June 6, 2014

Volker stuns rivals in opening Luxembourg practice


Ronald Volker left his rivals stunned in the opening round of timed practice for Round 5 of the Yokomo Euro Touring Series in Luxembourg. The Yokomo driver, who could secure his fourth consequence title in the world famous championship this weekend, was over 3-laps more than 1-second faster than his closest rival who was Viktor Wilck. From Wilck back the field was very closely matched around the spectacular Mini Circuit “Ville de Luxembourg” with 2nd to 10th covered by just half a second. Completing the Top 3 was Volker’s team-mate Yannic Prumper with French driver Lucas Urbain an impressive fourth with his VBC chassis.

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Having found ‘an issue’ in the second untimed practice which they were able to ‘figure out’ for the first of the two timed practices that will determine the seeding for qualifying, Volker joked his pace was ‘too good’. Making two mistakes on his run he said other than that his car and its power were perfect. Hinting that his issue was tyre related, the German said the move to drivers gluing their own tyres in a controlled area for qualifying was a good decision by the championship as it makes things the same for everyone. A glorious day, with the weather set to get even hotter tomorrow, the newly crowned Reedy Race Champion said the hotter conditions make driving in the already low traction conditions tougher. With the opening round of qualifying set to bring Day 1 of the event to a close he said the colder conditions should make it very interesting. For the final practice, which should be slightly cooler, he said he will make just some slight changes to account for the conditions.



Despite setting the second fastest time while his team-mates were only 9th and 11th fastest, Wilck said his TRF418 is all over the track. Describing the track as ‘for sure more difficult’ than when he raced here at the European Championship in 2009 the feeling he has with the car is not completely down to the track, having no stability on power. At a loss as to how Volker can be so much faster over just 3-laps, the Swede plans to try a different shock set-up for the final practice in the hope he can make the car easier to drive.  Only 9th fastest, Marc Rheinard said his car was ‘really bad’ after he ‘tried a few things’. Happy with how he ran in untimed practice, the 3-time World Champion will revert back to the set-up he used then for the final practice of the event.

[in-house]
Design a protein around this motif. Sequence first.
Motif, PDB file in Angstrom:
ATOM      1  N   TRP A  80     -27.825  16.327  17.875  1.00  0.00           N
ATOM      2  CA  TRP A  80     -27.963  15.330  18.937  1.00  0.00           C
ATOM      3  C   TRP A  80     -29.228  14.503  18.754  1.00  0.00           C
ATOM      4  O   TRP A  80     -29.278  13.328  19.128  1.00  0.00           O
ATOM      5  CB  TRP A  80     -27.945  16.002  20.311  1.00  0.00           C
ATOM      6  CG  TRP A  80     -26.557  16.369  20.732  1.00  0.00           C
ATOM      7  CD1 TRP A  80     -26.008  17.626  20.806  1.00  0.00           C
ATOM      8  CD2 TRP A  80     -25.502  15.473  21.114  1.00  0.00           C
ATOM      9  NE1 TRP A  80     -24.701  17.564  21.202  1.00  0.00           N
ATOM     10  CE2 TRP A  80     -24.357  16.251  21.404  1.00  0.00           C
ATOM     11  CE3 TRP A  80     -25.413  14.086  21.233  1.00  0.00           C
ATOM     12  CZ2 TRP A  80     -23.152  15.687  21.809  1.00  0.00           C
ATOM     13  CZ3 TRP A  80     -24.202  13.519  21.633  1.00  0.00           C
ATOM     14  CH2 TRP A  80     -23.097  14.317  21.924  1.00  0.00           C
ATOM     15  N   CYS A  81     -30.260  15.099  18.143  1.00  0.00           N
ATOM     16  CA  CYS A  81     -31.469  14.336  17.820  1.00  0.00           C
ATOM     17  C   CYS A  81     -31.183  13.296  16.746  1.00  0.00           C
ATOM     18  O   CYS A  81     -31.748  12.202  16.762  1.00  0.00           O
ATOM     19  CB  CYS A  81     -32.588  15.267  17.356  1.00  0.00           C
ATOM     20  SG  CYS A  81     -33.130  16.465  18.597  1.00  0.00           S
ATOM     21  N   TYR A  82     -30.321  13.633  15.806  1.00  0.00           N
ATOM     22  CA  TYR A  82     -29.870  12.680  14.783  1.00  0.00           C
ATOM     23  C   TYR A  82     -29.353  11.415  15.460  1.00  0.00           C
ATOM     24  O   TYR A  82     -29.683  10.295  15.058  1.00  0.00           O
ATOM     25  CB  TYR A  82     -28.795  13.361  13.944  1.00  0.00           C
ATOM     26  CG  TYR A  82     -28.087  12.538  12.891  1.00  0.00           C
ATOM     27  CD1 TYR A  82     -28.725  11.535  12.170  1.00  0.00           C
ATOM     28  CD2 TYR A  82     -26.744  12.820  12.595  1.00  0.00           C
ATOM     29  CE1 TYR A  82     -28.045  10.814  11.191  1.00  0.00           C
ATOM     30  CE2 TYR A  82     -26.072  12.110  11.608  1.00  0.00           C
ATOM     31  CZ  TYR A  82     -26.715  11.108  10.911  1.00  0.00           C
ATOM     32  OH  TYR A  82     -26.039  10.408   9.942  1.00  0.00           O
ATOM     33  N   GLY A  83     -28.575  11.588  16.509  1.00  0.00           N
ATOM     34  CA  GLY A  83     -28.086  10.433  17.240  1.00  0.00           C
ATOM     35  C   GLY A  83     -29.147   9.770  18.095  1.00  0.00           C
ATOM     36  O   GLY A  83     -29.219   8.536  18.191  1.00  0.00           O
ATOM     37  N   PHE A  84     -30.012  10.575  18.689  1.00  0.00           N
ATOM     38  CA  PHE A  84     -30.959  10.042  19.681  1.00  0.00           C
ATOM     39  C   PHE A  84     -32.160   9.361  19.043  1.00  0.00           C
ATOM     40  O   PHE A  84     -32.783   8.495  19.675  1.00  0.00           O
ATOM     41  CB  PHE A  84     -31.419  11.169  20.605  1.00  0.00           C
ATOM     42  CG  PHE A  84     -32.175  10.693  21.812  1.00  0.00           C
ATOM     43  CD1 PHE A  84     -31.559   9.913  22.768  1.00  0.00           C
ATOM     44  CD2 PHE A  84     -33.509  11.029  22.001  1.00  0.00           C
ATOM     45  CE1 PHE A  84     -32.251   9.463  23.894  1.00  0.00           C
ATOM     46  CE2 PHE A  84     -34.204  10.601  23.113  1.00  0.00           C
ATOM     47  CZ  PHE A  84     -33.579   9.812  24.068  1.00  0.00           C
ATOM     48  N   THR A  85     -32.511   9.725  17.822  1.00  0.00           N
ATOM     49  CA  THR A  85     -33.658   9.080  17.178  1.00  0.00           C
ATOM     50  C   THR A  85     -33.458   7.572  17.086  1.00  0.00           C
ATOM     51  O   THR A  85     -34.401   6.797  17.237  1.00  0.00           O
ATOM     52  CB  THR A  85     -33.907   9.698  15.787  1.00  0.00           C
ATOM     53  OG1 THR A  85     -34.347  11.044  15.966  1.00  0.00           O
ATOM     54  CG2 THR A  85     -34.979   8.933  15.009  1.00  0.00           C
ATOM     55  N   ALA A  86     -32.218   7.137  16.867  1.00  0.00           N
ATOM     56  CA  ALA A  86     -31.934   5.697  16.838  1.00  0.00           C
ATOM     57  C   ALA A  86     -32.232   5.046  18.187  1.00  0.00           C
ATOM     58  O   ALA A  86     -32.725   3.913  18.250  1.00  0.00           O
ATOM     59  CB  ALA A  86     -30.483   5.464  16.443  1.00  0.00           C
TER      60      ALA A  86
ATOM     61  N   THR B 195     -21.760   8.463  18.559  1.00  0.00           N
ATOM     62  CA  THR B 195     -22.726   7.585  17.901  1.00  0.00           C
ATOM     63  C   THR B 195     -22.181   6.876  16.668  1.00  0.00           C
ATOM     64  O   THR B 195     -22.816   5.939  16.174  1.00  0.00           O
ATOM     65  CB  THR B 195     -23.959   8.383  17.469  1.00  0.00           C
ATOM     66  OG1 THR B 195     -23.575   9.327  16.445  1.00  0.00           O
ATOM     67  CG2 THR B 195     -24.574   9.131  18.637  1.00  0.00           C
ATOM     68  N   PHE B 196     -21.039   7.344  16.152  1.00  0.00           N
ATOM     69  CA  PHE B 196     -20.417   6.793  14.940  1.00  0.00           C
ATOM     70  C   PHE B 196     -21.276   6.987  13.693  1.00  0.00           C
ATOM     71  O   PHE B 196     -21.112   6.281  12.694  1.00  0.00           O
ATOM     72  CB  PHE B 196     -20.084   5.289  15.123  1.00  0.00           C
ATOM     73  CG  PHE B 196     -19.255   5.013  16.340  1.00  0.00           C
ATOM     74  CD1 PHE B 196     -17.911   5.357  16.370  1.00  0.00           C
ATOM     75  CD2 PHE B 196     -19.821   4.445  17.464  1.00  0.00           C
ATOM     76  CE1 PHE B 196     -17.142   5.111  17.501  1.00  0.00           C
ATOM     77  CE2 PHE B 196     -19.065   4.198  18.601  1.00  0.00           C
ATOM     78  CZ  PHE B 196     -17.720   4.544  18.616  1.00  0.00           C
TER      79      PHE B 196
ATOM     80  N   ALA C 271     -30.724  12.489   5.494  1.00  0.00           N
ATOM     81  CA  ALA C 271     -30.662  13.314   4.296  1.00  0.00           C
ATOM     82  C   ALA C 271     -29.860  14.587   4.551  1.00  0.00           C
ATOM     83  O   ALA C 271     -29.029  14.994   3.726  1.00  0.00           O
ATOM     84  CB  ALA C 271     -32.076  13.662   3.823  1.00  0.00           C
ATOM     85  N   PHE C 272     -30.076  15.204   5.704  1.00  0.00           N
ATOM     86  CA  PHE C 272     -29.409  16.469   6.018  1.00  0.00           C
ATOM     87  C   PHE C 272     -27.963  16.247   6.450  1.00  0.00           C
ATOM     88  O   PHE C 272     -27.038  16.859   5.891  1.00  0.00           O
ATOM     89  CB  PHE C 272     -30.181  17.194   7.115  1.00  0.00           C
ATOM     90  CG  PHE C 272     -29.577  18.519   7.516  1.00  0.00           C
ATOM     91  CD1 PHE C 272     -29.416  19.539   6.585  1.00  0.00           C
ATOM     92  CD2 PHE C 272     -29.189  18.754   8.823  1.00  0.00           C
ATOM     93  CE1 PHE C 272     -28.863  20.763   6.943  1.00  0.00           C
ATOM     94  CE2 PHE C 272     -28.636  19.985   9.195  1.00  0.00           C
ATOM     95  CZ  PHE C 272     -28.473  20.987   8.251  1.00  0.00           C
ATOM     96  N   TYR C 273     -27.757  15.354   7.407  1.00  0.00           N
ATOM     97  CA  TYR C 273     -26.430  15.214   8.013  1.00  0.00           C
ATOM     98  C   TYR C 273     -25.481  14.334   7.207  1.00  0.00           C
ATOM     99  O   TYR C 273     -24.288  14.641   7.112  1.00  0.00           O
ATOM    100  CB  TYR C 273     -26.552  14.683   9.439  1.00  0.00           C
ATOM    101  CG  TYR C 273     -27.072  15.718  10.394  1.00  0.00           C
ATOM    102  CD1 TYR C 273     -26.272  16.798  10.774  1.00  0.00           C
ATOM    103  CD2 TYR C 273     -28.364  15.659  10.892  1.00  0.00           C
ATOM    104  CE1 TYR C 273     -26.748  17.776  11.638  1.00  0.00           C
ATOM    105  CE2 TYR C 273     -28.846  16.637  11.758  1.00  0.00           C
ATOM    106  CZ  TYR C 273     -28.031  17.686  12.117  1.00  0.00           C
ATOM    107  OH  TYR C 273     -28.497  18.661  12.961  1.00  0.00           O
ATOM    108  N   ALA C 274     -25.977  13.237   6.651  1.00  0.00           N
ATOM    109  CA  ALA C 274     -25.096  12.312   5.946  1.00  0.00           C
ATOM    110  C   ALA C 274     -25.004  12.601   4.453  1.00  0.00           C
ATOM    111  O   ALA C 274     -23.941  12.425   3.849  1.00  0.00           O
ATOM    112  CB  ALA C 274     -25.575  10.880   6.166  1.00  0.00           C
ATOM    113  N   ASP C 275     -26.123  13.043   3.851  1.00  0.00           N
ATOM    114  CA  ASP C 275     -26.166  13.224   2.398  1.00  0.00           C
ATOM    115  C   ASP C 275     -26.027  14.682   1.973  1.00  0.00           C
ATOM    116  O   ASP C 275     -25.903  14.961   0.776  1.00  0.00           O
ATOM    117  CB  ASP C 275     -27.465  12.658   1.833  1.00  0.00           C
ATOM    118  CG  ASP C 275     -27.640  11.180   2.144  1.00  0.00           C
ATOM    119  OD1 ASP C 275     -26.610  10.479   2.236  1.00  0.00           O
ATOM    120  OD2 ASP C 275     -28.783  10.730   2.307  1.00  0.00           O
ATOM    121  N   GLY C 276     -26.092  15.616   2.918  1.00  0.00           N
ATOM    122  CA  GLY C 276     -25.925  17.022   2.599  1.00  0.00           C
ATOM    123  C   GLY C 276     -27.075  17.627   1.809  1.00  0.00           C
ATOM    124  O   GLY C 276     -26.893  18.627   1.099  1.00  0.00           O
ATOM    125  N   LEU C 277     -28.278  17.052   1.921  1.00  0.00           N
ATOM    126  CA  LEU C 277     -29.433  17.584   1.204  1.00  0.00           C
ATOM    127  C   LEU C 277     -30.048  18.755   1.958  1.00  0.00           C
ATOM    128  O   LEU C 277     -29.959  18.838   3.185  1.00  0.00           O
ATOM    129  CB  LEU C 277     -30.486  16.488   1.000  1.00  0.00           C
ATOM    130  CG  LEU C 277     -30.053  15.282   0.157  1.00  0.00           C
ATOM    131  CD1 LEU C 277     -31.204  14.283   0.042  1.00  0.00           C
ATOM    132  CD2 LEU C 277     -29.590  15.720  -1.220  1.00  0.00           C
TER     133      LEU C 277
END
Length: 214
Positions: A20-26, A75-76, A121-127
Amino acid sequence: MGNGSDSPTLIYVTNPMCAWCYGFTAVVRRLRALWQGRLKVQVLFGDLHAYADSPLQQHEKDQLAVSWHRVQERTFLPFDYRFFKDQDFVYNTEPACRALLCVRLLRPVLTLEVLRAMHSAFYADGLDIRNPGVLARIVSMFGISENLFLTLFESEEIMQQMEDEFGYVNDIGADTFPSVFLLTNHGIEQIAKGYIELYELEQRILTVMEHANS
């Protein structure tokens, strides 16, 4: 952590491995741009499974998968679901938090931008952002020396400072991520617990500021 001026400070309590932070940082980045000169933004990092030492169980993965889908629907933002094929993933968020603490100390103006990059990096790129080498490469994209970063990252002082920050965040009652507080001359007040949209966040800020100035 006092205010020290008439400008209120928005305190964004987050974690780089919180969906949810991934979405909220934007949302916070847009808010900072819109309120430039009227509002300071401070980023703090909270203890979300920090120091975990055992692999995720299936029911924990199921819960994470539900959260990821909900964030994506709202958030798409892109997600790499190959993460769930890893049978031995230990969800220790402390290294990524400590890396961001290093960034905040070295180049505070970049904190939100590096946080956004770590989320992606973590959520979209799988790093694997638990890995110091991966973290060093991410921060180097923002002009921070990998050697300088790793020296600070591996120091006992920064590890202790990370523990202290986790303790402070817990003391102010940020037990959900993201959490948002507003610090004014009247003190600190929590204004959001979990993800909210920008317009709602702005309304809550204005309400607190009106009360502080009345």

Making a return to the championship and to the location of his 2009 European Championship win, Jilles Groskamp admitted that he is a ‘little lost with set-up’. Changing car for the first timed practice and managing only the 11th fastest time he will change to his other car for the next practice adding ‘at least now I know which car to run’. Struggling with a lack of overall traction the Dutch driver said the nature of the track makes it not so easy to find a good set-up as to get stability means losing corner speed and vice versa. As he searches for a final set-up he said he is going to be forced to work on finding it through qualifying which is never perfect. Echoing Volker’s comments, the World Champion also likes the change to the procedure for the hand-out Ride control tyre with drivers now having to glue up their own sets in a controlled area. This weekend also sees the introduction of a controlled tyre preparing area with Muchmore providing the tyre warmers but Groskamp feels having tested here previously both with and without additive that the difference once the tyre get three warm-up laps on them is almost unnoticeable and just having a tyre impound with no preparing would be a much simpler option.